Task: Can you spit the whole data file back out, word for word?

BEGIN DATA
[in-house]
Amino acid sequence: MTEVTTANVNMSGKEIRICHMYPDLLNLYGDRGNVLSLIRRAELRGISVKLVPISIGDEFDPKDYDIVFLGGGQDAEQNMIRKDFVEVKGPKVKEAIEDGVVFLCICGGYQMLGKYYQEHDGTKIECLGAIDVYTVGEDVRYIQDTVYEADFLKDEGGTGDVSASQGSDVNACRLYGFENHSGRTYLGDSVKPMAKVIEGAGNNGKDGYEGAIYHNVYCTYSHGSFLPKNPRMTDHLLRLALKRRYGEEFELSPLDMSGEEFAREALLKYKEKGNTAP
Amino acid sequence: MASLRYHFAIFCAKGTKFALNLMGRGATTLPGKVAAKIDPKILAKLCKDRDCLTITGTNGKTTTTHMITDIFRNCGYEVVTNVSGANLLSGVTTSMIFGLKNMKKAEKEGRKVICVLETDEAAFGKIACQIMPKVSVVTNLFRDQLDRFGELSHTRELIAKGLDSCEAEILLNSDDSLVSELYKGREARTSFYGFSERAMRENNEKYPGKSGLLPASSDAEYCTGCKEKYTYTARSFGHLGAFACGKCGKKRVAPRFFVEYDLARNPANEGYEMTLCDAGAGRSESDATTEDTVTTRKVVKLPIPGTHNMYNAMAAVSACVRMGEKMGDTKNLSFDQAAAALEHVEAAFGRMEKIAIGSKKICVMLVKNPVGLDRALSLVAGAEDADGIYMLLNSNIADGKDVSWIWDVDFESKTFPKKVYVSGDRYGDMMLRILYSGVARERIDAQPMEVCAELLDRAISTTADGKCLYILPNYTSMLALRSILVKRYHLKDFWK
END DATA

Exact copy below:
[in-house]
Amino acid sequence: MTEVTTANVNMSGKEIRICHMYPDLLNLYGDRGNVLSLIRRAELRGISVKLVPISIGDEFDPKDYDIVFLGGGQDAEQNMIRKDFVEVKGPKVKEAIEDGVVFLCICGGYQMLGKYYQEHDGTKIECLGAIDVYTVGEDVRYIQDTVYEADFLKDEGGTGDVSASQGSDVNACRLYGFENHSGRTYLGDSVKPMAKVIEGAGNNGKDGYEGAIYHNVYCTYSHGSFLPKNPRMTDHLLRLALKRRYGEEFELSPLDMSGEEFAREALLKYKEKGNTAP
Amino acid sequence: MASLRYHFAIFCAKGTKFALNLMGRGATTLPGKVAAKIDPKILAKLCKDRDCLTITGTNGKTTTTHMITDIFRNCGYEVVTNVSGANLLSGVTTSMIFGLKNMKKAEKEGRKVICVLETDEAAFGKIACQIMPKVSVVTNLFRDQLDRFGELSHTRELIAKGLDSCEAEILLNSDDSLVSELYKGREARTSFYGFSERAMRENNEKYPGKSGLLPASSDAEYCTGCKEKYTYTARSFGHLGAFACGKCGKKRVAPRFFVEYDLARNPANEGYEMTLCDAGAGRSESDATTEDTVTTRKVVKLPIPGTHNMYNAMAAVSACVRMGEKMGDTKNLSFDQAAAALEHVEAAFGRMEKIAIGSKKICVMLVKNPVGLDRALSLVAGAEDADGIYMLLNSNIADGKDVSWIWDVDFESKTFPKKVYVSGDRYGDMMLRILYSGVARERIDAQPMEVCAELLDRAISTTADGKCLYILPNYTSMLALRSILVKRYHLKDFWK